Think of California smog, and you might picture brown haze over a crowded freeway. But farmland in the Golden State emits about the same amount of certain pollution-forming gases as on-road vehicles, a new study shows. That’s much more than researchers had previously estimated, bumping up estimates of the total production of these gases in the state by as much as 51 percent.

Farms in California’s Central Valley, which produce most of the fruits and vegetables in the U.S., are heavily fertilized during multiple crop rotations throughout the year. But in most intensive farming operations, crops are believed to take up only about half of the nitrogen in the fertilizer applied. Microbes in the soil digest some of what remains to produce nitrogen oxides, or NOx. These gases react with light and organic matter in the atmosphere to make ozone. They also promote the formation of airborne particulate matter. NOx—as well as ozone and particulates—can threaten respiratory health.

Maya Almaraz, a postdoctoral researcher at the University of California, Davis, decided to investigate farmland’s contribution to air pollution after noticing that five of the top 10 U.S. cities for ozone pollution are in the Central Valley. Whereas catalytic converters and other engine improvements have helped lower NOx levels in Los Angeles and San Francisco considerably in recent years, “we’re not seeing those leaps and bounds in the Central Valley and other rural areas,” she says. Many factors—including diesel truck traffic, oil production and geographical setting—contribute to the problem in a basin that deters air circulation and traps pollutants. But Almaraz thought the area’s vast stretches of farmland might also be involved.

To test this idea, she and her colleagues used a model that takes into account nitrogen input, climate, soil moisture levels and other factors to predict soil microbes’ production of the gases. The researchers found that 20 to 32 percent of the state’s NOx emissions come from cropland, compared with 29 to 36 percent from on-road motor vehicles, according to a report published last week in Science Advances. These results are significantly higher than the California Air Resources Board (CARB)’s previous estimate of about 4 percent (pdf), which was based on data from farms within 200 kilometers of Sacramento. To check their results, the team collected air samples on six light aircraft flights over the San Joaquin Valley between Fresno and Visalia, a heavily farmed region within the Central Valley. They used those readings to estimate NOx emissions from soil, after subtracting local estimates from the CARB California Emissions Projection Analysis Model of NOx emissions derived from fossil fuels. The results were similar to those predicted by the model for that region.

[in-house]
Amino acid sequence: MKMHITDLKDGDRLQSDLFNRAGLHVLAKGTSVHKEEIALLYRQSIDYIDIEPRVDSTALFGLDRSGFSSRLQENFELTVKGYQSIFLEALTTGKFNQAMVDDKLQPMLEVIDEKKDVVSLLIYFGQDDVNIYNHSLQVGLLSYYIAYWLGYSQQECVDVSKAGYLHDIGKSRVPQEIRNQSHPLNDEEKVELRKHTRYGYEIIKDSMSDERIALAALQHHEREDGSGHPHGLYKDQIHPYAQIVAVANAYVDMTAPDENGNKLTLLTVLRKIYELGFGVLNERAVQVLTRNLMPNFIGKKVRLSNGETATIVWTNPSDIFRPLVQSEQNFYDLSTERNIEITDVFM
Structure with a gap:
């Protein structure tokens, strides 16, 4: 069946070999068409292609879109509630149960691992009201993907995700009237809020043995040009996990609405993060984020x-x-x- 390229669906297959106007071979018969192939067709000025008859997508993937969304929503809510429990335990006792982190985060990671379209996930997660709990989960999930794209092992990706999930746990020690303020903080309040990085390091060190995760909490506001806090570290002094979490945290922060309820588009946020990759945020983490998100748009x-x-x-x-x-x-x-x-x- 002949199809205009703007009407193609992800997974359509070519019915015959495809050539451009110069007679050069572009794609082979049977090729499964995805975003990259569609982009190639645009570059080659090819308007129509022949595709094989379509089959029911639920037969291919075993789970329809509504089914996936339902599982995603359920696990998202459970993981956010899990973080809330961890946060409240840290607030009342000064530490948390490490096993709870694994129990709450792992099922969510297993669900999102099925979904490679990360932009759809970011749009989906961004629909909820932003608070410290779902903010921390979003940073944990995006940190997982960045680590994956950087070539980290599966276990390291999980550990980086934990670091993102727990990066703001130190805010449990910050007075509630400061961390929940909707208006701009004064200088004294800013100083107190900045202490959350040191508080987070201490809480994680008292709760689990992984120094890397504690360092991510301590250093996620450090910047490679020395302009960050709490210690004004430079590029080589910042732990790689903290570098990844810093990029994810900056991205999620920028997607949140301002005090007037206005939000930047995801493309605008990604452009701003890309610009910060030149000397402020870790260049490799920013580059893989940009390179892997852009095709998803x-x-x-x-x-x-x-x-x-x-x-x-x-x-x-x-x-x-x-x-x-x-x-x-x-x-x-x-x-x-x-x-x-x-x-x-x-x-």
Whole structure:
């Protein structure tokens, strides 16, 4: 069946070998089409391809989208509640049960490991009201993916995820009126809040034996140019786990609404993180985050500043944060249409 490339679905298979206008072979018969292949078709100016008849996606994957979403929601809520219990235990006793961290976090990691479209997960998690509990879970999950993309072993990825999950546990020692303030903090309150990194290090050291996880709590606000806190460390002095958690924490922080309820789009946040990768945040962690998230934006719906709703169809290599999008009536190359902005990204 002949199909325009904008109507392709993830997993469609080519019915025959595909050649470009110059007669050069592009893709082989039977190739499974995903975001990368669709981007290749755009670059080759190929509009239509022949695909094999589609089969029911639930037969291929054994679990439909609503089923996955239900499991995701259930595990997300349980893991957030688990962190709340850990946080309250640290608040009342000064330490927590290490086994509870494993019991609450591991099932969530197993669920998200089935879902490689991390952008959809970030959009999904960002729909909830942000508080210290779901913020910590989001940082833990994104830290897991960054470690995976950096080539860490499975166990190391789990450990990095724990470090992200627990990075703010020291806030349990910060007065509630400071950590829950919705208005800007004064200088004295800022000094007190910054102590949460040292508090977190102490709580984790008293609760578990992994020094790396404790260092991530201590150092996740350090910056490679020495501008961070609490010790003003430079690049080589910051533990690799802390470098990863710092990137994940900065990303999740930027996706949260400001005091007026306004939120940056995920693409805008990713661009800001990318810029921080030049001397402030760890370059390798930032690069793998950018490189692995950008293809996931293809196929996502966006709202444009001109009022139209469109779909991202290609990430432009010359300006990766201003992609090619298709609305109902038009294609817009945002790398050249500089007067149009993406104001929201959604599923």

Fertilized farmland contributes substantially to NOx production in many other crop-growing regions, although the levels often depend on the growing season. In the Midwest NOx emissions from soils have been estimated to comprise up to 40 percent of the total emissions in the summertime.

Ronald Cohen, an atmospheric scientist at the University of California, Berkeley who was not part of the research, calls the new study “provocative,” and says it shows agricultural fertilizer contributes a significant fraction of total NOx emissions in California. It is important to verify the results with more field measurements, he says. (This is one of the things the researchers plan to do next.) Still, Cohen adds, “We need to think about these sources more carefully as we try to reduce human exposure to air pollution.” One way to do that would be by continuing to reduce output from cars, trucks and planes, Cohen says. Changes to farming practices might also help.

These include monitoring plants’ uptake of fertilizer so it can be applied more efficiently, as well as switching to slow-release fertilizers, using cover crops to absorb excess nitrogen or applying nitrification inhibitors—chemicals that stop microbes from producing NOx. Many of these methods are promoted through the California Department of Food and Agriculture’s Fertilizer Research and Education Program, according to Steve Lyle, the department’s director of public affairs.

“Farmers have a long history of adjusting their practices in response to emerging science, and we will watch to see if further studies verify the results reported here,” says Jim Houston, manager of governmental affairs for the California Farm Bureau Federation, a nonprofit organization that advocates for farmers and ranchers. “It’s important to note that most of the steps the study suggests are already underway. Farmers want to use the appropriate amounts of fertilizer and have long relied on expertise from the University of California in making those applications.”

Almaraz is also collaborating with public health researchers at U.C. Davis to see how this pollution might be affecting human health. “NOx tends to be pretty localized pollution,” she says, “so the people most affected by this are going to be the ones living in these farming areas.”